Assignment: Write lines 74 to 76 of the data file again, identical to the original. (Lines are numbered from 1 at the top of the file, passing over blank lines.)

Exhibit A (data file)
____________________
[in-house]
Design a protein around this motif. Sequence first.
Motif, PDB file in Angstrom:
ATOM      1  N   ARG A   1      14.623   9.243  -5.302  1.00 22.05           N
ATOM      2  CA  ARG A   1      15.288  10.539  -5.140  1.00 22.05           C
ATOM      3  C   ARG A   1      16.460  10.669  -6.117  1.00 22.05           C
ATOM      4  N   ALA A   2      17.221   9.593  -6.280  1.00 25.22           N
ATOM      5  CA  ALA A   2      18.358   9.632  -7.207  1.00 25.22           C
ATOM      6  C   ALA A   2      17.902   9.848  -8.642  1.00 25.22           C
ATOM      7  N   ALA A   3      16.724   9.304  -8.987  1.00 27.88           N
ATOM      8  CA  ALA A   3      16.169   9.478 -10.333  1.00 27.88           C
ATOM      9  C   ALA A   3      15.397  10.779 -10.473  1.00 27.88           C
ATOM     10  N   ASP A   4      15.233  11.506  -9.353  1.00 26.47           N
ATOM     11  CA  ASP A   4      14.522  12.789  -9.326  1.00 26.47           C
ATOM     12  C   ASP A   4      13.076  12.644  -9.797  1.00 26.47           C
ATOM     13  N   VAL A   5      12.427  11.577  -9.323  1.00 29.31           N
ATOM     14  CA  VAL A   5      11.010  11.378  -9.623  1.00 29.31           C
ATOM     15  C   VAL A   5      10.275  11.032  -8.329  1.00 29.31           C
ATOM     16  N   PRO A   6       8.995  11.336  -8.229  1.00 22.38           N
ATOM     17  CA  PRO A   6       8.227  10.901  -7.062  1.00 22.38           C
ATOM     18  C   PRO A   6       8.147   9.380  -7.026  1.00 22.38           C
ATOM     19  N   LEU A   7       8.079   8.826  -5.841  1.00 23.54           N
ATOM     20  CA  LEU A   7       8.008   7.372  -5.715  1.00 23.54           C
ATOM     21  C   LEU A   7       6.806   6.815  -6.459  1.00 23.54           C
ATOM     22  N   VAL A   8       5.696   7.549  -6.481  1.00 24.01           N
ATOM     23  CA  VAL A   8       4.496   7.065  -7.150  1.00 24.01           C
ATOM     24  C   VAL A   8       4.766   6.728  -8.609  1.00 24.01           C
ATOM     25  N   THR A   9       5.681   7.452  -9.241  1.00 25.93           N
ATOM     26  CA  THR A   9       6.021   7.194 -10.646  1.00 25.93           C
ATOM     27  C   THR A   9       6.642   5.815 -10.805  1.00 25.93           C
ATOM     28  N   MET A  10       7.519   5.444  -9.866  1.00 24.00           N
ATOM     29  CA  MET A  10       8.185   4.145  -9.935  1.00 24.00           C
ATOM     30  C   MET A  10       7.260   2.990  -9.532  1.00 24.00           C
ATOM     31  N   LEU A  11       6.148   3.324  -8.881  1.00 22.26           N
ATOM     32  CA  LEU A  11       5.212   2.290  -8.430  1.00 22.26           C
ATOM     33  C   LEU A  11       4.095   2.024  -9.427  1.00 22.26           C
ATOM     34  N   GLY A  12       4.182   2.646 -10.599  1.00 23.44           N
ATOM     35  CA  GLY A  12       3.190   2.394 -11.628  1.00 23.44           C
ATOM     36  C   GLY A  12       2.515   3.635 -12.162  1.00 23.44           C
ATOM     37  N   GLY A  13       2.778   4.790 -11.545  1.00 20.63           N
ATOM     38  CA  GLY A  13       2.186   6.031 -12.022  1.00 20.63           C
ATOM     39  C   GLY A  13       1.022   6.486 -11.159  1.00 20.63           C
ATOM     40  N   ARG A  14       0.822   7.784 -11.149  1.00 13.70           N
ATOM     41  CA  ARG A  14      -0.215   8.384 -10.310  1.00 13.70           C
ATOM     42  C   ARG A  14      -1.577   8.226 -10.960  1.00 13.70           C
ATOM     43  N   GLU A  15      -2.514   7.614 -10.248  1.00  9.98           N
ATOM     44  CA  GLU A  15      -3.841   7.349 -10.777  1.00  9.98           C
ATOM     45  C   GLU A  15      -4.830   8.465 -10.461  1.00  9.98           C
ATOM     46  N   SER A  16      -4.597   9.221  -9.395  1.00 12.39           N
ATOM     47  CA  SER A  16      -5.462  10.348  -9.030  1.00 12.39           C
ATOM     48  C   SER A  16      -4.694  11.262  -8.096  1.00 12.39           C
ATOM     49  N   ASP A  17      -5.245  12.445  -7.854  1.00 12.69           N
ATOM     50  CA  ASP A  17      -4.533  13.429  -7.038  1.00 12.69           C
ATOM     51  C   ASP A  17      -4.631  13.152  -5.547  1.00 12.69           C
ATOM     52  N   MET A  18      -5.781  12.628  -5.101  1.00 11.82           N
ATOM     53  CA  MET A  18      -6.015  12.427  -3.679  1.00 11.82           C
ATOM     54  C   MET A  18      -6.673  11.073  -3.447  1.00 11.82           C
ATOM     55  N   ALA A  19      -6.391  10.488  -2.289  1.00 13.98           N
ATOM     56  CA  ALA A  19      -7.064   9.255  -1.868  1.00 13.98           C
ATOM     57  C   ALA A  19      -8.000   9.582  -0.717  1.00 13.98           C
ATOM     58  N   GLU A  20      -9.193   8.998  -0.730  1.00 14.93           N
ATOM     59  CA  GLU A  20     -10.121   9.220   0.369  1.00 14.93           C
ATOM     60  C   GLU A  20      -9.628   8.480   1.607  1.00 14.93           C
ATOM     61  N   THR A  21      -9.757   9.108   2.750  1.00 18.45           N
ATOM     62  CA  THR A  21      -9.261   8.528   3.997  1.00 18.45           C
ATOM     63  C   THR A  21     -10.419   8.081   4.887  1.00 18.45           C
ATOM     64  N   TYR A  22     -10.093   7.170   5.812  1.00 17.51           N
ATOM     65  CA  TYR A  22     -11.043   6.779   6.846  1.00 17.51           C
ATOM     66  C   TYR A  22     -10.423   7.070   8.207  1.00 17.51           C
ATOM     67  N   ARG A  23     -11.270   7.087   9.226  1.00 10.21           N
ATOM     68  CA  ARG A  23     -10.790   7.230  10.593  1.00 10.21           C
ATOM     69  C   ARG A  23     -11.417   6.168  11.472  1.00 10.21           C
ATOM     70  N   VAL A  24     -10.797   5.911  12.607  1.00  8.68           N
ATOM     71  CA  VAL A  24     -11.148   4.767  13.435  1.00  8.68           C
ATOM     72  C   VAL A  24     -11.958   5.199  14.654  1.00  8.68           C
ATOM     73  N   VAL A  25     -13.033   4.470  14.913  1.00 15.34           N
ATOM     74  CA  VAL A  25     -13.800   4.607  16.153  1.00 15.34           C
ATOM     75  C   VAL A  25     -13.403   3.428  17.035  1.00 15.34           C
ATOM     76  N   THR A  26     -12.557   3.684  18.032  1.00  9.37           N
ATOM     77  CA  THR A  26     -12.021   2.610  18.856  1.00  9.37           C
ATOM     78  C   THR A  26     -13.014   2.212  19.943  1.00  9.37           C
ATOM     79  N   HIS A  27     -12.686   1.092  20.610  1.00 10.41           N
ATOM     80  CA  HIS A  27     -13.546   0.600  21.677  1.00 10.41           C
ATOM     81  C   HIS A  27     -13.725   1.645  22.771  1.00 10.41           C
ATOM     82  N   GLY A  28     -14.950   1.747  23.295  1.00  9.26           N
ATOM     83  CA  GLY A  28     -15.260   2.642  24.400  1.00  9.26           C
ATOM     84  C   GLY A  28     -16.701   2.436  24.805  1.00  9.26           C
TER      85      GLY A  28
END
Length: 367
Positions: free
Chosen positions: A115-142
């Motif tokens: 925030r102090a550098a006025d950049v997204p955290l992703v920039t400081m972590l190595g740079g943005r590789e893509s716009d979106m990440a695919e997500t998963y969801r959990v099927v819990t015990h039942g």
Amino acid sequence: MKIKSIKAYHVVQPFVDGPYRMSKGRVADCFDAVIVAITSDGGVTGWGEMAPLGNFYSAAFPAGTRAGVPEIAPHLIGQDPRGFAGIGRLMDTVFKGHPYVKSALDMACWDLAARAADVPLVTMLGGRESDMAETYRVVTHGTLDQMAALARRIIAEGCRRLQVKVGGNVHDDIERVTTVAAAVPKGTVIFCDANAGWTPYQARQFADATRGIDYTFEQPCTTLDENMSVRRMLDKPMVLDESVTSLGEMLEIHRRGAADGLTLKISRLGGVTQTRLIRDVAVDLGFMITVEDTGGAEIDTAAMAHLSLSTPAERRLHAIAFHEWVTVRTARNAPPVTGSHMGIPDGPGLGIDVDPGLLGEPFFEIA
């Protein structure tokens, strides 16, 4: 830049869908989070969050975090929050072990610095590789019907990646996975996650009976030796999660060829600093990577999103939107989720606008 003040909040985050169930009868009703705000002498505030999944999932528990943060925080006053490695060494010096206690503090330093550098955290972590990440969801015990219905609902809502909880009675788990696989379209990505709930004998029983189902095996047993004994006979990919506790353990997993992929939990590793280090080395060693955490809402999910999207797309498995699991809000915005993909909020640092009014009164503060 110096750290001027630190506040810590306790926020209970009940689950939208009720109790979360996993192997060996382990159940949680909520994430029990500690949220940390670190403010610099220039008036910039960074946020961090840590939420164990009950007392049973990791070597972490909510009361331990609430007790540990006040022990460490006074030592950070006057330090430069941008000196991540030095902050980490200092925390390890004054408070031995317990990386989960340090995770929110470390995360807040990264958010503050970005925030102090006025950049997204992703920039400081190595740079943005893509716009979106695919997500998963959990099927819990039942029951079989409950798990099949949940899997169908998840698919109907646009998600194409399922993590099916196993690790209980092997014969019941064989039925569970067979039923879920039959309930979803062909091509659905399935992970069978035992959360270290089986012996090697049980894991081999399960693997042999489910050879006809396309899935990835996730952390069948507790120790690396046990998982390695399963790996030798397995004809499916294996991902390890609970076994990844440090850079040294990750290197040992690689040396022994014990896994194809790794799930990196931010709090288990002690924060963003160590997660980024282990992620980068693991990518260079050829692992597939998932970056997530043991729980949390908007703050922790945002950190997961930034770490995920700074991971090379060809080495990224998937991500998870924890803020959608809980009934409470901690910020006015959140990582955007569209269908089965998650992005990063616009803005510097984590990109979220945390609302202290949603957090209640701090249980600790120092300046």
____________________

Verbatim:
ATOM     71  CA  VAL A  24     -11.148   4.767  13.435  1.00  8.68           C
ATOM     72  C   VAL A  24     -11.958   5.199  14.654  1.00  8.68           C
ATOM     73  N   VAL A  25     -13.033   4.470  14.913  1.00 15.34           N